Bank of Japan keeps easing despite global rate hikes

·3-min read

The Bank of Japan on Friday stuck to its monetary easing policy even as other central banks raise interest rates to tame inflation, but said it would "pay due attention" to forex markets as the yen struggles at a 24-year low.

The decision to hold rates at minus 0.1 percent -- part of a decade-old plan to boost the world's third-largest economy -- bucks a tightening trend by central banks globally aimed at battling sky-high fuel and food prices linked to the Ukraine war.

The hikes have been led by the US Federal Reserve, which this week announced its most aggressive increase in nearly 30 years and signalled more were in the pipeline.

The European Central Bank also plans to start a series of rate increases next month, the first in more than a decade, while the Bank of England announced a fifth straight increase on Thursday and Switzerland surprised markets with its own rate hike, the first since 2007.

The widening chasm between Japanese and US monetary policy this week pushed the yen to its lowest level against the dollar since 1998, a cause for increasing concern that even the central bank made reference to after its meeting Friday.

"It is necessary to pay due attention to developments in financial and foreign exchange markets and their impact on Japan's economic activity and prices," the BoJ said, in an unusual reference to forex movements.

After the announcement, one dollar bought 134.63 yen, up from 133.41 yen earlier in the day.

A weaker yen helps Japanese exporters as it inflates repatriated profits, noted Yoshikiyo Shimamine, executive chief economist of Dai-ichi Life Research Institute.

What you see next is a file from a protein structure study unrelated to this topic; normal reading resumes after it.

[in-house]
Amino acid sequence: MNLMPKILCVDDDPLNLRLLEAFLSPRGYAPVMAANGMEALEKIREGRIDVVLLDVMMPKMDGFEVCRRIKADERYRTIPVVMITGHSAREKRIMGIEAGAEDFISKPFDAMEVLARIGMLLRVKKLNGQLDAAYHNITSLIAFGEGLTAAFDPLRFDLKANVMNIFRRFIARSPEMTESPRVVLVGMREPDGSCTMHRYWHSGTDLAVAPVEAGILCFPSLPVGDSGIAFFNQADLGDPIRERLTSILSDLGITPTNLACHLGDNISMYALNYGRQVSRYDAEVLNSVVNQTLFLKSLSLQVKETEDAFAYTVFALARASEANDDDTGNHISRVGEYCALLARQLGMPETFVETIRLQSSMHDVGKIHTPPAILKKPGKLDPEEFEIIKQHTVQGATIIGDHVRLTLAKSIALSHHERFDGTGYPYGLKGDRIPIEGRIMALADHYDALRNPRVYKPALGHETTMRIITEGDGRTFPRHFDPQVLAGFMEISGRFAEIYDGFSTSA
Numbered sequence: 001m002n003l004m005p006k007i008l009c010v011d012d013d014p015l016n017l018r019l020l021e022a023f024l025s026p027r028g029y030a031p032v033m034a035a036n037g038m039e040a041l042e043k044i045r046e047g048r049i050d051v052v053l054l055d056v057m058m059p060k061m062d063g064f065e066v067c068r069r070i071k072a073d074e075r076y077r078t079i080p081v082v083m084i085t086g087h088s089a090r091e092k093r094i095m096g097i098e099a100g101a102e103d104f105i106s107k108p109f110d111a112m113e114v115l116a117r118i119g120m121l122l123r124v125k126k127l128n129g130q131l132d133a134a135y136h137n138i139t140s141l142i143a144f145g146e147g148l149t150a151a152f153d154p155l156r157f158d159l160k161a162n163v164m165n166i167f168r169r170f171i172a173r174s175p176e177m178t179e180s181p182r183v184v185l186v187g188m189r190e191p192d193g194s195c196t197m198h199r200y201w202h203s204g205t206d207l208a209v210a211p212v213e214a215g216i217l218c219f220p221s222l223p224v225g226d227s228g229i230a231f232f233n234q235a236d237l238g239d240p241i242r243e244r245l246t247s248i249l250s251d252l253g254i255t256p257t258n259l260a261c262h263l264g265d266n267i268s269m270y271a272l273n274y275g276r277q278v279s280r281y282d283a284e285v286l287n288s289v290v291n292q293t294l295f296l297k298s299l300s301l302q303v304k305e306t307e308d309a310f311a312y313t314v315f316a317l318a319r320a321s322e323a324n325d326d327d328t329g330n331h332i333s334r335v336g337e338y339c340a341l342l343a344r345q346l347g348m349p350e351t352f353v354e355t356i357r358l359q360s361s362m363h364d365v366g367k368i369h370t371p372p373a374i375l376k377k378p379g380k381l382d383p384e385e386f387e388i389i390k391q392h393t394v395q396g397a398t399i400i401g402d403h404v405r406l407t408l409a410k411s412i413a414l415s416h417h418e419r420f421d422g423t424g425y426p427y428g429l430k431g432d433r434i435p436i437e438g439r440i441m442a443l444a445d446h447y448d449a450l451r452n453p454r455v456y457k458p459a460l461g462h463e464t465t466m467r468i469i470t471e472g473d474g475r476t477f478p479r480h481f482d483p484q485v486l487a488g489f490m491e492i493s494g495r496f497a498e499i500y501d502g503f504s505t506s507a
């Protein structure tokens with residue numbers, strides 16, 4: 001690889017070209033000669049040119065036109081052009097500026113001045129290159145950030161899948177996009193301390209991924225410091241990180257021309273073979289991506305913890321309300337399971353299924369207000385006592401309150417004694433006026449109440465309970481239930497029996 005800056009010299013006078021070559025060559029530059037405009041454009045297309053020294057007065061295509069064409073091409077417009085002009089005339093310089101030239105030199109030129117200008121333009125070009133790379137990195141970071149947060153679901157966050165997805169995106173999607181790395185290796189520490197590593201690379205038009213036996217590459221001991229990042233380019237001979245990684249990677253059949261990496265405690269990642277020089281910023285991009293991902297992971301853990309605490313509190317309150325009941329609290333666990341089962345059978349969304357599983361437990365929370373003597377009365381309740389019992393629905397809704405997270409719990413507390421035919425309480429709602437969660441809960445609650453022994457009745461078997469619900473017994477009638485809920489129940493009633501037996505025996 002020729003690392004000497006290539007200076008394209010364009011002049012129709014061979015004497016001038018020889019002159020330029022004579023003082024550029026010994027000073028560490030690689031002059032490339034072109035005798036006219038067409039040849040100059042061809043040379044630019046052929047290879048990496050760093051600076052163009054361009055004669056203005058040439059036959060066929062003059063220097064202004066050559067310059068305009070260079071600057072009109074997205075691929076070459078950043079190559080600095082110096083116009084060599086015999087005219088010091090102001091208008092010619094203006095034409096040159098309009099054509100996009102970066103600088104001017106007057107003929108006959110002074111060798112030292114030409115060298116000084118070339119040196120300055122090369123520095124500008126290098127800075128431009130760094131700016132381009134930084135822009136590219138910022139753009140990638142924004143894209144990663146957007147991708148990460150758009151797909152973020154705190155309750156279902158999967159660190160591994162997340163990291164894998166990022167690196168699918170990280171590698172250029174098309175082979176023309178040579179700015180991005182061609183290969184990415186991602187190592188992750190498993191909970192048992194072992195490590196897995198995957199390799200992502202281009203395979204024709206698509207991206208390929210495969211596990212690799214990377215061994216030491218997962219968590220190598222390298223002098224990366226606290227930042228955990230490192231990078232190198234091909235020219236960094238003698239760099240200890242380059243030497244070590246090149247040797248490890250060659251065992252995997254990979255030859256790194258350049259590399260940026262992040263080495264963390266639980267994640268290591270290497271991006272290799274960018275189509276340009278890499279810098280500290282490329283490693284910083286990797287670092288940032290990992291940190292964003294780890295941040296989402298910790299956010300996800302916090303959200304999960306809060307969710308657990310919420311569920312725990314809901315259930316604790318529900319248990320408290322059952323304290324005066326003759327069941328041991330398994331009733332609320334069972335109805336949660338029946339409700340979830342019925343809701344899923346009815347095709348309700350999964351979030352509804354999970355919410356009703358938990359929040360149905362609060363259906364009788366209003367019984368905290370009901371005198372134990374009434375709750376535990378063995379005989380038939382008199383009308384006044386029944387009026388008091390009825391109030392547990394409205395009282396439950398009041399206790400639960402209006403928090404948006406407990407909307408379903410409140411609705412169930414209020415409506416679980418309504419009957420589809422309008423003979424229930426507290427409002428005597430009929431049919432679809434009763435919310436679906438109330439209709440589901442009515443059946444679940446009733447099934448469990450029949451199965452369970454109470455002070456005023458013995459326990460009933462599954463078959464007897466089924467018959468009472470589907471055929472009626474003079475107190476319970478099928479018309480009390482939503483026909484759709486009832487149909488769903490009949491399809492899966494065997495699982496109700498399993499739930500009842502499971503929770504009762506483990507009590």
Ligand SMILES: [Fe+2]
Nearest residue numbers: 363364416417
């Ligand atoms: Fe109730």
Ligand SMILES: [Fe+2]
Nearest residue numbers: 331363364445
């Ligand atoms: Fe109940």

For the BoJ, it may be that "these benefits overwhelm the negative aspects of a cheaper yen -- high prices for imported goods, which causes people to suffer without sufficient pay rises," he told AFP.

The bank's ultra-loose monetary policy aims to achieve two-percent inflation, a target that has been stubbornly out of reach during years of price stagnation.

In April, core consumer prices hit the target for the first time since 2015, but the BoJ has cautioned that it sees recent rising prices as a temporary and volatile trend.

Inflation has been rising for months in the United States and elsewhere as buoyant demand for homes, cars and other goods clashes with supply problems caused by Covid-19 lockdowns in China and other pandemic hold-ups.

The problem became dramatically worse after Russia invaded Ukraine in February and Western nations imposed steep sanctions on Moscow, sending food and fuel prices soaring, a particular problem in resource-poor Japan.

Stephen Innes at SPI Asset Management said the BoJ may have decided that a potential rout of Tokyo stocks caused by "a hawkish pivot... could see Japanese investors worse off than the current hit to purchasing power via a weaker currency."

The statement on forex is a nod to the government's concerns over the yen's weakness, but "does not, on its own, indicate an imminent change in policy", he said.

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